Acute Side Effects Due to MITOMYCIN were fever, anorexia, nausea, and vomiting. They occurred in about 14% of 1,281 patients.
Headache, blurring of vision, confusion, drowsiness, syncope, fatigue, edema, thrombophlebitis, hematemesis, diarrhea, and pain. These did not appear to be dose related and were not unequivocally drug related. They may have been due to the primary or metastatic disease processes. Malaise and asthenia have been reported as part of postmarketing surveillance. Bladder fibrosis/contraction has been reported with intravesical administration.
MITOMYCIN is contraindicated in patients who have demonstrated a hypersensitive or idiosyncratic reaction to it in the past.
MITOMYCIN is contraindicated in patients with thrombocytopenia, coagulation disorder, or an increase in bleeding tendency due to other causes.
Acute shortness of breath and severe bronchospasm have been reported following the administration of vinca alkaloids in patients who had previously or simultaneously received MITOMYCIN. The onset of this acute respiratory distress occurred within minutes to hours after the vinca alkaloid injection. The total number of doses for each drug has varied considerably. Bronchodilators, steroids and/or oxygen have produced symptomatic relief.
A few cases of adult respiratory distress syndrome have been reported in patients receiving MITOMYCINin combination with other chemotherapy and maintained at FIO2 concentrations greater than 50% perioperatively. Therefore, caution should be exercised using only enough oxygen to provide adequate arterial saturation since oxygen itself is toxic to the lungs. Careful attention should be paid to fluid balance and overhydration should be avoided.
Bladder fibrosis/contraction has been reported with intravesical administration (not an approved route of administration), which in rare cases has required cystectomy.
It is not known if MITOMYCIN is excreted in human milk. Because many drugs are excreted in human milk and because of the potential for serious adverse reactions in nursing infants from MITOMYCIN, it is recommended that nursing be discontinued when receiving MITOMYCIN therapy.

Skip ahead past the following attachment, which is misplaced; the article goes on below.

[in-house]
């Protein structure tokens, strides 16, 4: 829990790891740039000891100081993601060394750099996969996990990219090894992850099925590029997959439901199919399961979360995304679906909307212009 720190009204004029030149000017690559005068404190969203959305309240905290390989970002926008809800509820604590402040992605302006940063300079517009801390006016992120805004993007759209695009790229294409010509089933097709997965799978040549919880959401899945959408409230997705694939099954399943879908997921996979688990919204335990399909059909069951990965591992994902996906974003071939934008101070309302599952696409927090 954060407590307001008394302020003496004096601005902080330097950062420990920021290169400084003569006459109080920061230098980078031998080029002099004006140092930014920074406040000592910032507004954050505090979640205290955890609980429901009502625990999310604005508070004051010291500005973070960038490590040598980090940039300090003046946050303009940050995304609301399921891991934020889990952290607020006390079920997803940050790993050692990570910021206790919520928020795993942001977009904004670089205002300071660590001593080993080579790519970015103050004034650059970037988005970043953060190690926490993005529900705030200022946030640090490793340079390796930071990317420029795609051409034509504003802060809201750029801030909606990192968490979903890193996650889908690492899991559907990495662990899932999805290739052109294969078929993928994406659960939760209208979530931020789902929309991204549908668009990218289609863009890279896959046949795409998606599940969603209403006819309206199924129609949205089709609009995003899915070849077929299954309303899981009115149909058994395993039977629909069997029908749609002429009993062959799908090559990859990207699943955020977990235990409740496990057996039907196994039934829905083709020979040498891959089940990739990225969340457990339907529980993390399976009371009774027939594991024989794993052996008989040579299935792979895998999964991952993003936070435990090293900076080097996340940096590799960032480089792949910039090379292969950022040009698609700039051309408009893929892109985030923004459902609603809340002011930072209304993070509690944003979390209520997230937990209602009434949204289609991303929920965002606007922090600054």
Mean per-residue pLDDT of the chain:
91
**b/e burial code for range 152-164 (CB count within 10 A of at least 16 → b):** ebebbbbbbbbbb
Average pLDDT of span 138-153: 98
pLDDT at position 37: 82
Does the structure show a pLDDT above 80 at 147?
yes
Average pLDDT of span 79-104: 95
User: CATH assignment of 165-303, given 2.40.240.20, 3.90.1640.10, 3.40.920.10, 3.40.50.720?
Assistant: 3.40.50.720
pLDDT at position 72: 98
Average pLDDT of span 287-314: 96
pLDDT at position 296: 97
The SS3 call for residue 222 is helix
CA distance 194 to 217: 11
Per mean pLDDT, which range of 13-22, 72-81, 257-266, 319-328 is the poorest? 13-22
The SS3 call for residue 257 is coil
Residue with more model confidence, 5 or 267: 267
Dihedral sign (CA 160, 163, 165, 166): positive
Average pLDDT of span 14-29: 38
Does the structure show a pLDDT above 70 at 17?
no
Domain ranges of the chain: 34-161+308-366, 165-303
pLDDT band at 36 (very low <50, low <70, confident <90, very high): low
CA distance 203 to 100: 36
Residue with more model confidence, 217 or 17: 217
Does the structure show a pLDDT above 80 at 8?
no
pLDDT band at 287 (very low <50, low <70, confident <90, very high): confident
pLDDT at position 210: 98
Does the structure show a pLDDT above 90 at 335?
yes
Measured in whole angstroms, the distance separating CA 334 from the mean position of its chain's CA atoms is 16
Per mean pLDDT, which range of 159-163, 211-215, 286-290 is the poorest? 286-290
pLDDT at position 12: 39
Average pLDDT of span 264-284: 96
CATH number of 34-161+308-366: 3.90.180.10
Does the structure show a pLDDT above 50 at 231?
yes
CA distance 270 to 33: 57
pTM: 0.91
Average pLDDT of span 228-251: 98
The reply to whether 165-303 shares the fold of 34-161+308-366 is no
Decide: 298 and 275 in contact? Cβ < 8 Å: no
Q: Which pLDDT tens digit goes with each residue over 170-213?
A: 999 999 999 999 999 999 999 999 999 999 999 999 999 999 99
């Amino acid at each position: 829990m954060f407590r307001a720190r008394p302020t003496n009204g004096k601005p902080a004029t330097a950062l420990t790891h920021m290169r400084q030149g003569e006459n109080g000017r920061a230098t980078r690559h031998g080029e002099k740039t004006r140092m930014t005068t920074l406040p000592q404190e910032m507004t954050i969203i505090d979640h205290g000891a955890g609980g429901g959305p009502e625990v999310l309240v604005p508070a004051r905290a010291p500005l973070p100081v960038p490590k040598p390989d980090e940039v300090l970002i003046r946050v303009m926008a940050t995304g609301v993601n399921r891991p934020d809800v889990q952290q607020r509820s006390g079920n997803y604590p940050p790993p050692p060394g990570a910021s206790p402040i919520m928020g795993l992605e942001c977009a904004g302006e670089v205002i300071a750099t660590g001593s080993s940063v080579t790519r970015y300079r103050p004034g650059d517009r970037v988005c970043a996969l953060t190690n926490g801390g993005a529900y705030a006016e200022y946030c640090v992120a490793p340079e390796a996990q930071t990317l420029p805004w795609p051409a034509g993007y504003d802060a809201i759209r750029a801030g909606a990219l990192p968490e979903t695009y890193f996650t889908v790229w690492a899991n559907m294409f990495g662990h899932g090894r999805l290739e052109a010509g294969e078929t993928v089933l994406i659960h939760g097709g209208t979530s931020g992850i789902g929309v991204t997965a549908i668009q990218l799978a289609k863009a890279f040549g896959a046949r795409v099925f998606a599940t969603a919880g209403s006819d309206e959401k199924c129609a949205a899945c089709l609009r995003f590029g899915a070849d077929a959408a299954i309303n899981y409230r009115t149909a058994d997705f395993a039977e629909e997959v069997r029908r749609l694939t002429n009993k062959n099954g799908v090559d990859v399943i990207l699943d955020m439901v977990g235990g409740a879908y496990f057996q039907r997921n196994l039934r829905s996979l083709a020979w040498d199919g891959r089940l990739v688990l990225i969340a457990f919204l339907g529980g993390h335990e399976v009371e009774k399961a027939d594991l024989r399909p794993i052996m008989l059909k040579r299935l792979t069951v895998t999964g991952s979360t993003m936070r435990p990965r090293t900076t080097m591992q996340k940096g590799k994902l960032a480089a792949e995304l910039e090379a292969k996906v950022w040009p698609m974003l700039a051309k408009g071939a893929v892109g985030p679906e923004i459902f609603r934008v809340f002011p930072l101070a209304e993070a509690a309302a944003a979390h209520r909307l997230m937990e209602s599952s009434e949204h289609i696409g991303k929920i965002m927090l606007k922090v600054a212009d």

Safety and effectiveness in paediatric patients have not been established.
MITOMYCIN should be given intravenously only, using care to avoid extrava-sation of the compound. If extravasation occurs, cellulitis, ulceration, and slough may result.
Each vial contains either mitomycin 5 mg and mannitol 10 mg, mitomycin 20 mg and mannitol 40 mg, or mitomycin 40 mg and mannitol 80 mg. To administer, add Sterile Water for Injection, 10 mL, 40 mL, or 80 mL respectively. Shake to dissolve. If product does not dissolve immediately, allow to stand at room temperature until solution is obtained.
After full hematological recovery (see guide to dosage adjustment) from any previous chemotherapy, the following dosage schedule may be used at 6 to 8 week intervals:
20 mg/m2 intravenously as a single dose via a functioning intravenous catheter.
Because of cumulative myelosuppression, patients should be fully reevaluated after each course of MITOMYCIN , and the dose reduced if the patient has experienced any toxicities. Doses greater than 20 mg/m2 have not been shown to be more effective, and are more toxic than lower doses.
No repeat dosage should be given until leukocyte count has returned to 4000/mm3 and platelet count to 100,000/mm3.
When MITOMYCIN (mitomycin) is used in combination with other myelosuppressive agents, the doses should be adjusted accordingly. If the disease continues to progress after two courses of MITOMYCIN (mitomycin) , the drug should be stopped since chances of response are minimal.
Unreconstituted MITOMYCIN stored at room temperature is stable for the lot life indicated on the package. Avoid excessive heat (over 40°C, 104°F).
Reconstituted with Sterile Water for Injection to a concentration of 0.5 mg per mL, MITOMYCIN is stable for 14 days refrigerated or 7 days at room temperature.
Diluted in various I.V. fluids at room temperature, to a concentration of 20 to 40 micrograms per mL:
The combination of MITOMYCIN (5 mg to 15 mg) and heparin (1,000 units to 10,000 units) in 30 mL of 0.9% Sodium Chloride Injection is stable for 48 hours at room temperature.
Procedures for proper handling and disposal of anticancer drugs should be considered. Several guidelines on this subject have been published.1-7 There is no general agreement that all of the procedures recommended in the guidelines are necessary or appropriate.